Using the drill on the cup.
Using the drill on the cup.

The cup after you’re done drilling.

Drilled holes in the cup.
Drilled holes in the cup.

Make sure that you don’t have any little pieces of plastic in the cup, and you are ready to do the next part, the spacer. To make the spacer, just take the piece of cardboard, set a cup on it, and trace around it with the pencil. Don’t get this too tight. you want the cup to fit down into it a little way.

Tracing the Cardboard
Tracing the Cardboard

Once you have the circle traced, cut out the circle, throw it away, and keep the rest. So you know what we’re going for here, this is how they will be used.

Cup inside the cut out cardboard
Cup inside the cut out cardboard

Making Coffee

The hard part is over, we’re ready to start brewing. What you need now, is your two cups, the one with the holes at the bottom, inside the other one.

brew cup

Next, you will need three pre-measured bags of auto drip coffee… or at least that is how I do it. That comes to about 4-4.5 oz. or approximately 11/2 Cups of ground coffee.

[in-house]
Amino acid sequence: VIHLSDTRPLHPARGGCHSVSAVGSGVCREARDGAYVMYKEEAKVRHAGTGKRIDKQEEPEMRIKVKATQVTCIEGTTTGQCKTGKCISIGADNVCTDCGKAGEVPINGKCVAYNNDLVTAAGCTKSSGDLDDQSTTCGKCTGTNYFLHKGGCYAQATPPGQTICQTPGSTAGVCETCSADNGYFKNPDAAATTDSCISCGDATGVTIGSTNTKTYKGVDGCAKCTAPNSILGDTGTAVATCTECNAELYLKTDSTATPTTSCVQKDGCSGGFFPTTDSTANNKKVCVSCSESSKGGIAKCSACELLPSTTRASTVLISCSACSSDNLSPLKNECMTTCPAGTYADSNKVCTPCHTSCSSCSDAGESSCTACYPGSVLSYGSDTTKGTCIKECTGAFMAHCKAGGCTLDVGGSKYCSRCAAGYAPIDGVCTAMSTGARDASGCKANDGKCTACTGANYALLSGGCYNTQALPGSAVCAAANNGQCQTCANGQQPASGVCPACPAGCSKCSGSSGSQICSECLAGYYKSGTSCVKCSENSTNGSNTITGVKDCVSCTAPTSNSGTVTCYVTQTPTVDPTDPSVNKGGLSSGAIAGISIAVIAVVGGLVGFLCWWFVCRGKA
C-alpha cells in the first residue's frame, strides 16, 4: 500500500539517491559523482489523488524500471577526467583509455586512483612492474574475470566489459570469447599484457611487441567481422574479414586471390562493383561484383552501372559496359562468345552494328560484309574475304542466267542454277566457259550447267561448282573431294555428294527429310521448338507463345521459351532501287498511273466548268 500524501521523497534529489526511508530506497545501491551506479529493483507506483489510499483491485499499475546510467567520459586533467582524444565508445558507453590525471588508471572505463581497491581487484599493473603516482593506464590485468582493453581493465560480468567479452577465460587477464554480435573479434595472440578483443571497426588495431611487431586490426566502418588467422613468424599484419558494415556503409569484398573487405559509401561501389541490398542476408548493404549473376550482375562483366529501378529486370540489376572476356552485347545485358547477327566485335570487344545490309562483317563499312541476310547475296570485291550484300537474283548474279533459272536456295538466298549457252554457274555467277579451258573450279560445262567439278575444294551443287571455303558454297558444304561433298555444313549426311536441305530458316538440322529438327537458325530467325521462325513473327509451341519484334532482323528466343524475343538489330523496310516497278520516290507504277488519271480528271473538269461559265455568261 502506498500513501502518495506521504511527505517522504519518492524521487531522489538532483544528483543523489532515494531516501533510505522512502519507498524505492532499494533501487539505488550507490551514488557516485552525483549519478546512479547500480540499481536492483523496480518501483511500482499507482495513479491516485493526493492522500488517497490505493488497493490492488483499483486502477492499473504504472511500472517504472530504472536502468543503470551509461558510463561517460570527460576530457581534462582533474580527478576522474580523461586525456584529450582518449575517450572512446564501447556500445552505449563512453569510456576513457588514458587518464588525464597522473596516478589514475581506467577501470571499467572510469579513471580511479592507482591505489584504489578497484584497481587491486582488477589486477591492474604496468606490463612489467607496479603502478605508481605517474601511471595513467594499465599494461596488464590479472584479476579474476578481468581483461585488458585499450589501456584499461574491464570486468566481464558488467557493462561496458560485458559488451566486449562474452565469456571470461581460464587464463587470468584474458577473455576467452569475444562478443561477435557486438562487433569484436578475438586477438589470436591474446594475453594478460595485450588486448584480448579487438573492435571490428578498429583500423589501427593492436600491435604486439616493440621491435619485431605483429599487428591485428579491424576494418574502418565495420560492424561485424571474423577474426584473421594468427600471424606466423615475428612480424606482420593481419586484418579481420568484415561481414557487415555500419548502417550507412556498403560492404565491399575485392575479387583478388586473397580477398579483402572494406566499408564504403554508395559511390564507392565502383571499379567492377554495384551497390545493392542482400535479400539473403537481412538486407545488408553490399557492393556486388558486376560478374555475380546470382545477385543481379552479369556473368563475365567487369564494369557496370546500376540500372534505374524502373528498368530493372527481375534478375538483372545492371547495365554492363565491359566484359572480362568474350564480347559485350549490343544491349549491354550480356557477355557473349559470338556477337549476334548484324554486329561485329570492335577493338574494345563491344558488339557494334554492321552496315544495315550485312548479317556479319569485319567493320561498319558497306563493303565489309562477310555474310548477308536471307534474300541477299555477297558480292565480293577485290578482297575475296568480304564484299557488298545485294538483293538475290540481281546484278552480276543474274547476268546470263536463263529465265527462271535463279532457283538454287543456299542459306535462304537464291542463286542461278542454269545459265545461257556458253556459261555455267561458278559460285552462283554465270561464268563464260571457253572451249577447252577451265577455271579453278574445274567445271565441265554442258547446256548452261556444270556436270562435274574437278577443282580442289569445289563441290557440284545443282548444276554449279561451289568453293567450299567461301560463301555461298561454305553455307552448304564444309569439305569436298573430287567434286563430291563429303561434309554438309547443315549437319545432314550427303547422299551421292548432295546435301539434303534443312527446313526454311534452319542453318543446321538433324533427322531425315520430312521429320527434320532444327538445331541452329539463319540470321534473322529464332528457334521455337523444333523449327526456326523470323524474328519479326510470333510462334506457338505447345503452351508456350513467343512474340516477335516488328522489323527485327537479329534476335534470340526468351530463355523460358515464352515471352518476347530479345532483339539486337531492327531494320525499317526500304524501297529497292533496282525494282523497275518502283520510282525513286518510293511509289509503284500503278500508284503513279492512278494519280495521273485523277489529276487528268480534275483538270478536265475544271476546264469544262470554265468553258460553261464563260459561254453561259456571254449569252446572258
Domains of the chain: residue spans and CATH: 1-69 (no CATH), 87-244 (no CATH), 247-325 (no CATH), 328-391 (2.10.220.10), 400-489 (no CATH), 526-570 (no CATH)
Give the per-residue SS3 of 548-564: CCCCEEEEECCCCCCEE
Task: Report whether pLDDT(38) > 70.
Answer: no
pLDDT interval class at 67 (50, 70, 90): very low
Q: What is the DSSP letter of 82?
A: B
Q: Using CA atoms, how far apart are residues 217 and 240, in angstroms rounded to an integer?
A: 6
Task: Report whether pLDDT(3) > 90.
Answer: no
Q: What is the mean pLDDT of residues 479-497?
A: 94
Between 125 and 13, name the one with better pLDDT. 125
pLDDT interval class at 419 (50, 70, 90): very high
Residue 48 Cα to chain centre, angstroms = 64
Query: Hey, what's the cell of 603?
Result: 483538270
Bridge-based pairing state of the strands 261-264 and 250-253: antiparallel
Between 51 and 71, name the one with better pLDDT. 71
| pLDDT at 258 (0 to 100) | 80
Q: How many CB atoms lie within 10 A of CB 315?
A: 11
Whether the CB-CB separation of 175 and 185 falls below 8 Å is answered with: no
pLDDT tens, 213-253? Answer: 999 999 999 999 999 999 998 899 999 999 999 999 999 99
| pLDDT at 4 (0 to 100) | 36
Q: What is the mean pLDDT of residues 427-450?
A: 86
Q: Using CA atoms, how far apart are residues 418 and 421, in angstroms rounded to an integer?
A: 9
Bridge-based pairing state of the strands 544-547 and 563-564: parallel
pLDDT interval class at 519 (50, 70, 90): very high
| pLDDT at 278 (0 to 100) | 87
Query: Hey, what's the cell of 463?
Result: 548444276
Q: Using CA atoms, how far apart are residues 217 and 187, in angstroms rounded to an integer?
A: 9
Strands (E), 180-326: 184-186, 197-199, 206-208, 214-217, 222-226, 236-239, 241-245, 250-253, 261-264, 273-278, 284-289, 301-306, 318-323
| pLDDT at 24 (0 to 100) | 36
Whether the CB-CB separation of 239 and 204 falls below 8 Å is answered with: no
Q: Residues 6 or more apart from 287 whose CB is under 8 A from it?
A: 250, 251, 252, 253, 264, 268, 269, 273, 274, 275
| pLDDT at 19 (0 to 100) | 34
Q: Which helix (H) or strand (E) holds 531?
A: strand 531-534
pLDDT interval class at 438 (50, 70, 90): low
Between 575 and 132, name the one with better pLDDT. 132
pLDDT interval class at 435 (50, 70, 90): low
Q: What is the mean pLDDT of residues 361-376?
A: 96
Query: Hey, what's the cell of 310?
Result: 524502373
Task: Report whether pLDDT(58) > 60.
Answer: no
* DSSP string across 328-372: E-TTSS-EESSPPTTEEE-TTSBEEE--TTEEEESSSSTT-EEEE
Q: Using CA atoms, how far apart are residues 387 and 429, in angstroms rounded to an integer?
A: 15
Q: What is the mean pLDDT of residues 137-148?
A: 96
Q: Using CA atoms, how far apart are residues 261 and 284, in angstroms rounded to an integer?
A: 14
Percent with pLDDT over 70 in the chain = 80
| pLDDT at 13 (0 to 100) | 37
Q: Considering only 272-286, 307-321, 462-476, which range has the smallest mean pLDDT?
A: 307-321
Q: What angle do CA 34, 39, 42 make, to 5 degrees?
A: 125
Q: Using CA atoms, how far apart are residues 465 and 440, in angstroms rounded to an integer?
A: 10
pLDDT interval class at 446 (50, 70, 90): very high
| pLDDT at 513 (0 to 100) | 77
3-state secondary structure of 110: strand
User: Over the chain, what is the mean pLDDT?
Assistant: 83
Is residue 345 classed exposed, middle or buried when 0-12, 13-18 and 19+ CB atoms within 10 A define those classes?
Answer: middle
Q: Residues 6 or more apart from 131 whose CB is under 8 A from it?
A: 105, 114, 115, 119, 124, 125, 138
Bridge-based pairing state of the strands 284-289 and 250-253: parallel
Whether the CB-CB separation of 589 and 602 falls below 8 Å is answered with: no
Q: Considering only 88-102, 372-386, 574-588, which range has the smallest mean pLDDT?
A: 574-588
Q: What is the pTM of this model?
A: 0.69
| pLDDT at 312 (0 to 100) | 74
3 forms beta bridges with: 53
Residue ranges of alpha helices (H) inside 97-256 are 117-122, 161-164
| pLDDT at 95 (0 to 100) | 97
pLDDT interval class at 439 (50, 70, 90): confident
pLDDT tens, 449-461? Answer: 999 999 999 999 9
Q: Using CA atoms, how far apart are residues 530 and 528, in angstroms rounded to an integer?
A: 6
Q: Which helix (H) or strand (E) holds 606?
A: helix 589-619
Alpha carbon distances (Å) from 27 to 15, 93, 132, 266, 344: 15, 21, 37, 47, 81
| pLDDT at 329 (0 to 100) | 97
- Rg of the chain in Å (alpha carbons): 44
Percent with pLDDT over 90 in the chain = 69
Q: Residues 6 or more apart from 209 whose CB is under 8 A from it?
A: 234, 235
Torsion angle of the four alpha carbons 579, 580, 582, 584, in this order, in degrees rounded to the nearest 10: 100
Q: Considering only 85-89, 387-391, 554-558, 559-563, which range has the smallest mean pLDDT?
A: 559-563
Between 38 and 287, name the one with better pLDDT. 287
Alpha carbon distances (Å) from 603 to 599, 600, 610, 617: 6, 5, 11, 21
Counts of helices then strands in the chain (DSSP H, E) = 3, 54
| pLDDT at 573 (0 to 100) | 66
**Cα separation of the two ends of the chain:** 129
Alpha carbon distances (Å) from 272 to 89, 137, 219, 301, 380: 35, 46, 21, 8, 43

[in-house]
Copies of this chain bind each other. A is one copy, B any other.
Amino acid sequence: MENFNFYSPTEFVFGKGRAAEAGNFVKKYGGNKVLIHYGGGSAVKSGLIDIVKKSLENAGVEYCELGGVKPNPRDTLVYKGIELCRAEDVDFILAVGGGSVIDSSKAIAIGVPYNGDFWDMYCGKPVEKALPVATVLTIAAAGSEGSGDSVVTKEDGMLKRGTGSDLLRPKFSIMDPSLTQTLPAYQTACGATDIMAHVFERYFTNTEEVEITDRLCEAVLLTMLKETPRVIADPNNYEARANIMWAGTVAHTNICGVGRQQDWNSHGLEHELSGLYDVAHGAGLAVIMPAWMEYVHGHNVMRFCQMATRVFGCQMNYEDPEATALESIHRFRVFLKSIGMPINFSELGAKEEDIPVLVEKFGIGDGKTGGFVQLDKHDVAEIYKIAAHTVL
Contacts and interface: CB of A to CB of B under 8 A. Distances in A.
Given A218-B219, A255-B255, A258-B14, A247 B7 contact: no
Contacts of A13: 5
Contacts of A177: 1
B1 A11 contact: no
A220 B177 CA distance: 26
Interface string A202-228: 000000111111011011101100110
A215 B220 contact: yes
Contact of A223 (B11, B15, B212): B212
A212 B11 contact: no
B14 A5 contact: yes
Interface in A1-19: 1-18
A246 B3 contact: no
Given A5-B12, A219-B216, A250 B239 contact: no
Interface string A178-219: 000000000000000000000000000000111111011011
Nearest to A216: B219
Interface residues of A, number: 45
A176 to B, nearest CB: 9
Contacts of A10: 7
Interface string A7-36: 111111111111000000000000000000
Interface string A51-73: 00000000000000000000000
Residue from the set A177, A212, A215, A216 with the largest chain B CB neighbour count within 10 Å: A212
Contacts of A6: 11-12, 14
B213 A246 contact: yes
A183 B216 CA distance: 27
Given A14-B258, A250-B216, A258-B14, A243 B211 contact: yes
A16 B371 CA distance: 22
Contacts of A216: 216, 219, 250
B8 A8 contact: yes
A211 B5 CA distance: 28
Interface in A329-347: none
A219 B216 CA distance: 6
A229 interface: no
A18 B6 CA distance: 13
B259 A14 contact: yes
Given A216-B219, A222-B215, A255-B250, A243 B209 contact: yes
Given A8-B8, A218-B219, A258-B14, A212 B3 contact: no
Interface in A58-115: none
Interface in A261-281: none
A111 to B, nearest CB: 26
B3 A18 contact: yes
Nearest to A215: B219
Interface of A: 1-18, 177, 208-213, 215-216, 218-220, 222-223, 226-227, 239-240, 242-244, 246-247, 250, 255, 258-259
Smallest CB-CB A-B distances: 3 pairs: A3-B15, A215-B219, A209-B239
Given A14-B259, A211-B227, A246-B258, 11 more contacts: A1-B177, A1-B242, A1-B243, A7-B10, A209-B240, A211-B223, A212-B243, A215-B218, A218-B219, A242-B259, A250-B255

Pour in about a half cup of water:

pour in half cup of water

Then add one of the packets (or about one-third) of the coffee,

add coffee packet

Then more water, another packet of coffee, more water, the rest of the coffee and enough water to fill the cup. Like so:

add more water, more coffee

If you do this just right, you shouldn’t need to stir it, but if you notice that the grounds are not getting all soaked just give it a gentle stir with a spoon. Then put the lid on and let it soak overnight.

secure lid

When the morning comes lift the top cup out of the bottom one and slide the cardboard spacer under it, and let the coffee drain.